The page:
In Malaysia, employment contracts are governed differently for employees and contractors. The traditional employer-employee relationship is regulated mainly by the Employment Act 1955, accompanied by other relevant labour laws (see Figure 1). Labour contracts between contractors and their clients or employers are known as service contracts, or contracts for service, which fall under the purview of the Contract Act 1950.
For employees, the Employment Act 1955 obligates all employers and employees to establish a labour contract with terms and conditions that follow the labour standards stipulated in current labour laws*. These labour legislations set the minimum premise of employment contracts and draw legal boundaries with the aim of protecting employees from exploitative labour conditions.
Labour contracts for non-employees, i.e. contractors, are governed by the Contracts Act 1950, which defines the relationship between contractor and client-employer as a promisor-promisee relationship, and not an employer-employee relationship. Contractors are to negotiate the terms of their contract with their client-employers based on a willing seller willing buyer premise.
Key pieces of current legislation related directly to employment contracts are outlined in Figure 1 below.
Figure 1: Current Malaysian legislation relating to employment contracts
*Clauses on the right of representation in the EA 1955 and the Industrial Relations Act 1967 are identical. The EA 1955 directs readers/judges to the Industrial Relations Act 1967 for more detailed provisions relating to workers’ right of representation.
In case of dispute, employers and employees could settle their disagreements either at the Labour Court or the Industrial Court. Although the jurisdiction of the two courts appears to overlap with each other, each covers very different types of labour issues.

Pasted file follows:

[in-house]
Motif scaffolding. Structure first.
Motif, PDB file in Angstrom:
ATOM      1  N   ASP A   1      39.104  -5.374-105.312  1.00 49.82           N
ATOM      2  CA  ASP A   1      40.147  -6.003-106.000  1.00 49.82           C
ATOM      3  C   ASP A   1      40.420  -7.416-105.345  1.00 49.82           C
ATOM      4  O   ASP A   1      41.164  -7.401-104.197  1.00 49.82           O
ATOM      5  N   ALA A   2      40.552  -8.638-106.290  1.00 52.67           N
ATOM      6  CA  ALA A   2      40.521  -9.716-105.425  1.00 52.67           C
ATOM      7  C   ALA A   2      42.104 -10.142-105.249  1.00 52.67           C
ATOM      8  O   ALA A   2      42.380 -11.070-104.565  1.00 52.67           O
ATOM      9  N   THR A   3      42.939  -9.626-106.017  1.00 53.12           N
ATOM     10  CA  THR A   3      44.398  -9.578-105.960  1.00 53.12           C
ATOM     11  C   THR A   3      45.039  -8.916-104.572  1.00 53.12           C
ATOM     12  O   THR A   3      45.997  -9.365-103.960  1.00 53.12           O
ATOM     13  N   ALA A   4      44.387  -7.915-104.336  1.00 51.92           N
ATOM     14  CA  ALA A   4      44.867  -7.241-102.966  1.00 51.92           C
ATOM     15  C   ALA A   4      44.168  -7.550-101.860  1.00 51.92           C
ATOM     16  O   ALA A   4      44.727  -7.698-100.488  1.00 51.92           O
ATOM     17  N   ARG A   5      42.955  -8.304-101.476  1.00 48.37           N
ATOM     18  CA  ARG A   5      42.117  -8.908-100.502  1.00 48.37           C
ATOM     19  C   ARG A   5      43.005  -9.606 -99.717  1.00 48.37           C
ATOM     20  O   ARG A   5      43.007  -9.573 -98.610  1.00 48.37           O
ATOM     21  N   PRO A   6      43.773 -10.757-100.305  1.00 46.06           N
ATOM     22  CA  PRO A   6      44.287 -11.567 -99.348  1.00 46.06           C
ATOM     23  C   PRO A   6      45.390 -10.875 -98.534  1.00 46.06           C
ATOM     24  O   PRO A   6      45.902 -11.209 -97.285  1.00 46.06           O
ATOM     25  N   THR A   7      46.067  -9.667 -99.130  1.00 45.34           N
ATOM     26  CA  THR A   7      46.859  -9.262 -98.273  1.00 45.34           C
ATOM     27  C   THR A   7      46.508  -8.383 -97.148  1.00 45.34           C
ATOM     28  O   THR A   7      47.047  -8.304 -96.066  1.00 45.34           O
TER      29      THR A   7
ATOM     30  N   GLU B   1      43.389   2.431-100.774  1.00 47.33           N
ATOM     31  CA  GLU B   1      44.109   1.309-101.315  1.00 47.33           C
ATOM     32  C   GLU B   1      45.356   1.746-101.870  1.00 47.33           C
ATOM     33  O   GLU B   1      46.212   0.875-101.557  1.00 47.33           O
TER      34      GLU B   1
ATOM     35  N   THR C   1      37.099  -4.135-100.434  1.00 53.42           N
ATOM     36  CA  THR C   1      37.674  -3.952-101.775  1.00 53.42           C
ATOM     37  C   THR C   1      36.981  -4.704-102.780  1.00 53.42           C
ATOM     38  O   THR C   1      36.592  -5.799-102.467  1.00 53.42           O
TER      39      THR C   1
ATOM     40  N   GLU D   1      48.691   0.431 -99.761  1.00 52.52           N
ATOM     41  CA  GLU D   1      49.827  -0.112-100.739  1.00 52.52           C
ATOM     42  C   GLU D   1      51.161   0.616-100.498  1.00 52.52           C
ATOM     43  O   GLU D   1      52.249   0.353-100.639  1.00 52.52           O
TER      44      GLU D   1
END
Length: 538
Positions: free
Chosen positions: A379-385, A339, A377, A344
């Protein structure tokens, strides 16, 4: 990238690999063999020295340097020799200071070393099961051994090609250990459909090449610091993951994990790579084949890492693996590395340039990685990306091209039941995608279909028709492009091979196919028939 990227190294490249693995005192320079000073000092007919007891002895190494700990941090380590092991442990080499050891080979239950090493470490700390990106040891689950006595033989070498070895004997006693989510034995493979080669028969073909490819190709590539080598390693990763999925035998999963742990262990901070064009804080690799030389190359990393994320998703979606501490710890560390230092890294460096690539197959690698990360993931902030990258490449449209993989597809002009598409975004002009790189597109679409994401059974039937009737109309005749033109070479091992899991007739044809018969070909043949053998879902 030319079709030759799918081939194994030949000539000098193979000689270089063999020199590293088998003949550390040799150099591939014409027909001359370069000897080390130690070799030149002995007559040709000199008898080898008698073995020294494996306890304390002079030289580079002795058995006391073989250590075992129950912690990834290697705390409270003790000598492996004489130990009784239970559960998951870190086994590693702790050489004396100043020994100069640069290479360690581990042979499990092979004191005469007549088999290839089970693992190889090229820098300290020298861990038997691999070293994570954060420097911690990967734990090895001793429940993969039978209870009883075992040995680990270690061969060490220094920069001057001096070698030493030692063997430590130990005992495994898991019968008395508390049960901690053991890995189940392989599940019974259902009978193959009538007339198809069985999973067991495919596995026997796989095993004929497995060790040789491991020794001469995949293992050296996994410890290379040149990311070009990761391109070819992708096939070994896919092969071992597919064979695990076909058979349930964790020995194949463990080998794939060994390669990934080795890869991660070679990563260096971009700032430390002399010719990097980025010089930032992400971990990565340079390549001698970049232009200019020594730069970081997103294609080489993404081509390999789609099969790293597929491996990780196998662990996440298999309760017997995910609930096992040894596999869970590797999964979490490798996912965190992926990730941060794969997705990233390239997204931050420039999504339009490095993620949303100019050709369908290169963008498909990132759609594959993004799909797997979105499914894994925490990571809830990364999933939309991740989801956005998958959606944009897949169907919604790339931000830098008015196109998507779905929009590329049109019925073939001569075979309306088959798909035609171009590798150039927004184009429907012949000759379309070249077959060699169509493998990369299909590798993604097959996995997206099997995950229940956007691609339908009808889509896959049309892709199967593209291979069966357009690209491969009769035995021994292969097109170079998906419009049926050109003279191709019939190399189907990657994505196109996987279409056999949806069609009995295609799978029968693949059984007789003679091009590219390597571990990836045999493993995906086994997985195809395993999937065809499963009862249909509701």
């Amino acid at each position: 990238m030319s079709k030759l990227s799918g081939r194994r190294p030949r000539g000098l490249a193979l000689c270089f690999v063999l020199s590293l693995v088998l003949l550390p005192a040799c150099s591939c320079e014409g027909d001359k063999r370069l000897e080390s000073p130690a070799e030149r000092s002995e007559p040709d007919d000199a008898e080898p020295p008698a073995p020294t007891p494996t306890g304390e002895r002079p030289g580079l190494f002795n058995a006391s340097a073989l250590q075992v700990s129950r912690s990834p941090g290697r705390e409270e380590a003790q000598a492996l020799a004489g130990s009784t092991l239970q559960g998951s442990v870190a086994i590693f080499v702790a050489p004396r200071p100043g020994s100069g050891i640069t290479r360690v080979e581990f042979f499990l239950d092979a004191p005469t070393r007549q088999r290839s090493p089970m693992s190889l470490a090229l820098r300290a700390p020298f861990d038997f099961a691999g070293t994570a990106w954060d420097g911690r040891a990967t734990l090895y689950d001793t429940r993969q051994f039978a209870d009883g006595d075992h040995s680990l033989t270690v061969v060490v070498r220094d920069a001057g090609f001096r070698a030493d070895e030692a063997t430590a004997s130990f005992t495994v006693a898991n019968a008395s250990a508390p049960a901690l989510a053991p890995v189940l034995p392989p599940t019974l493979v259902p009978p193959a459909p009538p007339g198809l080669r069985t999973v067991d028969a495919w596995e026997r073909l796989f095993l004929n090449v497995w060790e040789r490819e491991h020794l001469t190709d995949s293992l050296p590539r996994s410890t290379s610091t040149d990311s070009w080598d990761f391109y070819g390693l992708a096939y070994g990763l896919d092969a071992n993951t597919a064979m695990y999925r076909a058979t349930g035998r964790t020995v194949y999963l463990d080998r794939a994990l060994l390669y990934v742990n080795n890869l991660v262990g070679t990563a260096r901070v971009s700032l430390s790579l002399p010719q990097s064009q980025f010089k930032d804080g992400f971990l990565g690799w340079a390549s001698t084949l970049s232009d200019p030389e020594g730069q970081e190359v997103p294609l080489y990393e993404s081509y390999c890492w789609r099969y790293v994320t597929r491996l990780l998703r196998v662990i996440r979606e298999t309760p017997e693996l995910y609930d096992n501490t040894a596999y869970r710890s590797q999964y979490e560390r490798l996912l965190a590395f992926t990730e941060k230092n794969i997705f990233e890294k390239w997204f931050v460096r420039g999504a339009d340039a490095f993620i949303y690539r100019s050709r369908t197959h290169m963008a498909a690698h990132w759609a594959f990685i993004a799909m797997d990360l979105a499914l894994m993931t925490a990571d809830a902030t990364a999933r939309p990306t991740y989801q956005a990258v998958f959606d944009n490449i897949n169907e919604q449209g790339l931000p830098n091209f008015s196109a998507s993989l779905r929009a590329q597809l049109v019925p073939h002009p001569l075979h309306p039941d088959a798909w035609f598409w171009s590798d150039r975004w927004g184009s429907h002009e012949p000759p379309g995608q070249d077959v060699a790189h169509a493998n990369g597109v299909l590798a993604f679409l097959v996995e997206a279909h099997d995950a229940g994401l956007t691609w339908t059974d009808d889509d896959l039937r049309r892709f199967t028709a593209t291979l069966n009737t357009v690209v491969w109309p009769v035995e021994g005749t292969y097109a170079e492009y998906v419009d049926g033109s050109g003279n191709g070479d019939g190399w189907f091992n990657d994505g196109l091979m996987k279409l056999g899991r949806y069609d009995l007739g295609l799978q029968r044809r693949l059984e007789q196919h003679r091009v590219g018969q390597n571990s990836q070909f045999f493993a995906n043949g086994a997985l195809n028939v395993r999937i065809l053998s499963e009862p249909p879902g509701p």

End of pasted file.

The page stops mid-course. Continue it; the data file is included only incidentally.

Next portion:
The Labour Court functions according to the Employment Act 1955 and addresses disputes relating to the monetary aspects of employment brought by manual workers of selected industries or employees who earn less than RM5,000 a month*. The Industrial Court is under the purview of the Industrial Relations Act 1967 and handles complaints regarding unfair dismissal, trade union matters and trade disputes brought in by any employee. Figure 2 below shows the differences between the Labour Court and the Industrial Court.
*The Employment (Amendment) Bill 2021 will remove the salary requirement of employees who can bring disputes before the Labour Court if passed.
Figure 2: Differences between Malaysia’s Labour Court and Industrial Court
Any contractual disputes involving contractors and their clients or employers need to be brought to the civil courts as contractors do not meet the criteria of ‘employee’ covered by the Labour Court or the Industrial Court. Civil court decisions would be made based on the terms and conditions written in their service contracts. Contractors seeking to bring any complaint to the Labour Court or the Industrial Court would need to get a referral from the Director-General of Labour or the Human Resources Minister respectively.
A former Grab driver attempted to seek the Human Resources Minister’s help to refer her case of alleged unfair dismissal to the Industrial Court but was denied. The terminated Grab driver subsequently took legal action to challenge the minister’s decision, whereupon the High Court ruled to dismiss the application citing that Grab drivers are not employees.
Addressing today’s shortfalls relating to fair contracts